I know the places photographed in this film. Using a tripod (plus long coat in hotr weather btw) sets you apart from the crowd which is necessary to take good pictures. If you look closely, he tends to put down his tripod to then shot freehand with his Sony ;)
Which all makes sense if you know how tourists (when they stop walking) in, e.g., Fez, are approached all the time otherwise ...
saeba77: image the same quality sensor and similar AF in a mirrorless body as the A6xxx.Damn if only Nikon making that not cannibalize his own market:(
@Zerixos,agree with your arguments. Except that an EFCS (electronic first curtain shutter) removes the requirement to close shutter in LV first, without the mentioned negative impacts. The only constraint is that EFCS is hard to make for 1/2000s or shorter.
MrTaikitso: When Lytro launched their first (innovative but impractical) camera, I said Canon or Adobe should buy them. Neither did, and being they had so much venture finding ($200m if I recall) I knew they would survive to eventually get their business model right, and they have, as their remarkable machine announced at NAB shows. Canon make very good (high end) movie cameras, but have Sony and Panasonic on their tail, but most importantly of all, Canon's greatest technology has always been their AF. So it would have made sense for them to invest in a technology that makes focusing obsolete in specific use cases - namely Lytros.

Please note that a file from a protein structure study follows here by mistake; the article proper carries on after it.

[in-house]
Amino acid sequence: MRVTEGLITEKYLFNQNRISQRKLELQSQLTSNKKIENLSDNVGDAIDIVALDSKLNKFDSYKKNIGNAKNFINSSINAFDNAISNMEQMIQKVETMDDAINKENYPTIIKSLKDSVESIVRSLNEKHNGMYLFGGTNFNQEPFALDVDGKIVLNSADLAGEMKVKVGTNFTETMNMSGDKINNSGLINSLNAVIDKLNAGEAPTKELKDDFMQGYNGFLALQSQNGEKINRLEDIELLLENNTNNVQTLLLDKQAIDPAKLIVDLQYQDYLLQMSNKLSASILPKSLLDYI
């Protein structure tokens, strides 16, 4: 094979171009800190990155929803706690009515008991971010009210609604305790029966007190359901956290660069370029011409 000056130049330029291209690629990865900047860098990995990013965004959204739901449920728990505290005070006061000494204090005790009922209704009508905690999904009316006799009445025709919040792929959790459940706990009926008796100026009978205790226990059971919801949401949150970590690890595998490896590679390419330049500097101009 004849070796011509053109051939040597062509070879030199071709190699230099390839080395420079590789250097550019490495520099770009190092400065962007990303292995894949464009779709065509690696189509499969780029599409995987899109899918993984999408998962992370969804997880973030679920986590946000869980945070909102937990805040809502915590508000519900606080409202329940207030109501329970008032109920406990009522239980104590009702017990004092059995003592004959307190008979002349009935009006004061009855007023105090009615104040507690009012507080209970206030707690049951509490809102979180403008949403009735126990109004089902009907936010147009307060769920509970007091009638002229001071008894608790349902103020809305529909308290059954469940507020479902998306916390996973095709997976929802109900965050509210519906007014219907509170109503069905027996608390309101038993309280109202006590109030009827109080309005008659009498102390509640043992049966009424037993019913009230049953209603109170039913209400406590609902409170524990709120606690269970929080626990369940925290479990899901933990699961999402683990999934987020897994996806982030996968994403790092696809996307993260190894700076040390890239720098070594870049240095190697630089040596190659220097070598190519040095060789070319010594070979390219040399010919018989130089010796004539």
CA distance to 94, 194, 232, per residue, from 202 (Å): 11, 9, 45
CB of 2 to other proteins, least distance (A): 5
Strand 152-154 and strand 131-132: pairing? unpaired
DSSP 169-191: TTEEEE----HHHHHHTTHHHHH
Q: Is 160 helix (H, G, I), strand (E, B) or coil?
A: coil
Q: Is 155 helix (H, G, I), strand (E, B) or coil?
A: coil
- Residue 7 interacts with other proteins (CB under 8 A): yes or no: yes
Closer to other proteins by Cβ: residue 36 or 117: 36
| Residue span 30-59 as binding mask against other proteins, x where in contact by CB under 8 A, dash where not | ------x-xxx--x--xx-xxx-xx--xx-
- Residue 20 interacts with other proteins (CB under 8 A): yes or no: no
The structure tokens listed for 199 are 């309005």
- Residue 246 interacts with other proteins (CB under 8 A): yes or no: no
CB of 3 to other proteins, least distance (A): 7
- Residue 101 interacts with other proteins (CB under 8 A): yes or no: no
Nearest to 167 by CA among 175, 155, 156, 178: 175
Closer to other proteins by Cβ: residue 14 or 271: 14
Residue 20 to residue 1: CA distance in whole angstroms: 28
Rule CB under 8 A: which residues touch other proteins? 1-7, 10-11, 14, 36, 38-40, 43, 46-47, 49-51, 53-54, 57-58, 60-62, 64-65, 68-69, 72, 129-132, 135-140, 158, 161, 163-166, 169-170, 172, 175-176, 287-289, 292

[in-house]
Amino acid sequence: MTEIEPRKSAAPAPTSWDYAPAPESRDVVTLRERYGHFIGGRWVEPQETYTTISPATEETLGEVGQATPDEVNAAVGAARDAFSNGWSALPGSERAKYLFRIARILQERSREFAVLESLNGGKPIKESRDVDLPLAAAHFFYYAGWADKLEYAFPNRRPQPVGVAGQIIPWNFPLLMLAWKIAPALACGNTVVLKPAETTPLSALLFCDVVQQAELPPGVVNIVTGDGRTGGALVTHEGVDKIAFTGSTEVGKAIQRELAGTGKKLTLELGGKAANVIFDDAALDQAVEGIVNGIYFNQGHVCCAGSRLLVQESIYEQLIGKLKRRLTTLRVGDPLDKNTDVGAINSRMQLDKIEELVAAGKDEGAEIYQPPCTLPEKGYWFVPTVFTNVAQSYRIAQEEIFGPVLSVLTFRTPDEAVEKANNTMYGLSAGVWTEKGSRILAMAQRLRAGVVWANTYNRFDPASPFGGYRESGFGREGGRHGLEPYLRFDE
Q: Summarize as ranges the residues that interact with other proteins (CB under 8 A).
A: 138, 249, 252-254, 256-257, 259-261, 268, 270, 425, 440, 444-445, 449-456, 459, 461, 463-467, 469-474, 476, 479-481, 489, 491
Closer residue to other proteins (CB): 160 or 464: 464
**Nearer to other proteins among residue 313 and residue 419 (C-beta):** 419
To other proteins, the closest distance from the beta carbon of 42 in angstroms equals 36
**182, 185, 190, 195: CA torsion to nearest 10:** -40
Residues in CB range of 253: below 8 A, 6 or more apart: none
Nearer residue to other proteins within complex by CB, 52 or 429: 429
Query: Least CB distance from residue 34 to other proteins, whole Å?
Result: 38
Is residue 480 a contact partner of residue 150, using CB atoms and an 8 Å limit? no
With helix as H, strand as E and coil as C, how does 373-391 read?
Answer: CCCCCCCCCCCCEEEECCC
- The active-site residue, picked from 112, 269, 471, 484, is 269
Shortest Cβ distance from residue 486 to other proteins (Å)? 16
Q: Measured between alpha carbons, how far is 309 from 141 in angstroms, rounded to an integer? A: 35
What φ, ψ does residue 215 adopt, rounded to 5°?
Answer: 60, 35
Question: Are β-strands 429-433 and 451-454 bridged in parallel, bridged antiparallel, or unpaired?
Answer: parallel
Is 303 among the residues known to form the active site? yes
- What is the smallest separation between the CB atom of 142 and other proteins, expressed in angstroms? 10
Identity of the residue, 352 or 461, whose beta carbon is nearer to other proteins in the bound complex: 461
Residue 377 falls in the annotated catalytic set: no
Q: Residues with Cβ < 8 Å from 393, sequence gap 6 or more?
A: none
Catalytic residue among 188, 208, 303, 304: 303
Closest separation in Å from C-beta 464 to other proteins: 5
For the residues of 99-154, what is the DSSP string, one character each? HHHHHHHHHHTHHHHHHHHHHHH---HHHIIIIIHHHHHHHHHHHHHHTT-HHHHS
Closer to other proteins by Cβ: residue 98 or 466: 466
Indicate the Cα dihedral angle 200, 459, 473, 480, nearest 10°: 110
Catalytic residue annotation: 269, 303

Instead, they launched the unversatile unimaginative M series so Panasonic and Oly ate them for lunch.
I have never owned a Canon camera (love their scanners and printers!), but know how good their gear can be from other users and results, but they cannot rest on their past reputation.
Buy Lytro Canon & launch a revolutionary multi-focus APSC mirrorless.
@MrTaikitso: if you look closely, what Lytro does is not disruptive.
More precisely:Both Lytro (M=6) and Canon (M=1.4) use a Multipixel sensor with M^2 sensels per microlens. They are closer than you think and just use a technology originally introduced by Fuji (phase sensels). Multipixel sensors patents cannot be defended (obvious technology) and soon, all sensors will be of Multipixel type (cf. Sony and Samsung).
Personally, I think M=2 (quad pixel) is the sweet spot.
This news is welcome.Esp. in BIF this camera seems to be made for, backlit subjects are very frequent and the ability to push shadows is an important asset for the D500.
Donald B: I think you need to compare it to the k3ii at iso 6400 raw .